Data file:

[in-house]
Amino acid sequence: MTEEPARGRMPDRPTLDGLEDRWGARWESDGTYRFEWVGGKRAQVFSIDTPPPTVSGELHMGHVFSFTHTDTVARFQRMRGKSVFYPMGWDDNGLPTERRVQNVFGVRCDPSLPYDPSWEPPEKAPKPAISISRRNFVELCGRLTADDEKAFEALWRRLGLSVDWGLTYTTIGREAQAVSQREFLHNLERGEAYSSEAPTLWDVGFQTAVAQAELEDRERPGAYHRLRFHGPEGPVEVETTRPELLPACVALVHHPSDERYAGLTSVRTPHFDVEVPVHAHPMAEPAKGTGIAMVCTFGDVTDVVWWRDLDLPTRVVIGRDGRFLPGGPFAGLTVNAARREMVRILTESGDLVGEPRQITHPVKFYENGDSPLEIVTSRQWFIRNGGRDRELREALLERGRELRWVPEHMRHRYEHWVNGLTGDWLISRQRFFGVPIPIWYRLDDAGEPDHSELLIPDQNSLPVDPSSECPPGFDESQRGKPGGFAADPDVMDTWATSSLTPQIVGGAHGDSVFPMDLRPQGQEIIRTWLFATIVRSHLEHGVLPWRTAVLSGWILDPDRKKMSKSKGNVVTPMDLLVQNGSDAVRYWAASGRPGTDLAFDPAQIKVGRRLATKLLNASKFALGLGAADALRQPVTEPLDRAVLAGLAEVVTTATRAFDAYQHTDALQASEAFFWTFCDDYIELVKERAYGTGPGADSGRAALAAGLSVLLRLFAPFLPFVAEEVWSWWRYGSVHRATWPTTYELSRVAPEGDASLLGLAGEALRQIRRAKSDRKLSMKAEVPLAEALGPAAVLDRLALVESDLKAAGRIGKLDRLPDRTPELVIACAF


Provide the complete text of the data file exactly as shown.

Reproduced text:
[in-house]
Amino acid sequence: MTEEPARGRMPDRPTLDGLEDRWGARWESDGTYRFEWVGGKRAQVFSIDTPPPTVSGELHMGHVFSFTHTDTVARFQRMRGKSVFYPMGWDDNGLPTERRVQNVFGVRCDPSLPYDPSWEPPEKAPKPAISISRRNFVELCGRLTADDEKAFEALWRRLGLSVDWGLTYTTIGREAQAVSQREFLHNLERGEAYSSEAPTLWDVGFQTAVAQAELEDRERPGAYHRLRFHGPEGPVEVETTRPELLPACVALVHHPSDERYAGLTSVRTPHFDVEVPVHAHPMAEPAKGTGIAMVCTFGDVTDVVWWRDLDLPTRVVIGRDGRFLPGGPFAGLTVNAARREMVRILTESGDLVGEPRQITHPVKFYENGDSPLEIVTSRQWFIRNGGRDRELREALLERGRELRWVPEHMRHRYEHWVNGLTGDWLISRQRFFGVPIPIWYRLDDAGEPDHSELLIPDQNSLPVDPSSECPPGFDESQRGKPGGFAADPDVMDTWATSSLTPQIVGGAHGDSVFPMDLRPQGQEIIRTWLFATIVRSHLEHGVLPWRTAVLSGWILDPDRKKMSKSKGNVVTPMDLLVQNGSDAVRYWAASGRPGTDLAFDPAQIKVGRRLATKLLNASKFALGLGAADALRQPVTEPLDRAVLAGLAEVVTTATRAFDAYQHTDALQASEAFFWTFCDDYIELVKERAYGTGPGADSGRAALAAGLSVLLRLFAPFLPFVAEEVWSWWRYGSVHRATWPTTYELSRVAPEGDASLLGLAGEALRQIRRAKSDRKLSMKAEVPLAEALGPAAVLDRLALVESDLKAAGRIGKLDRLPDRTPELVIACAF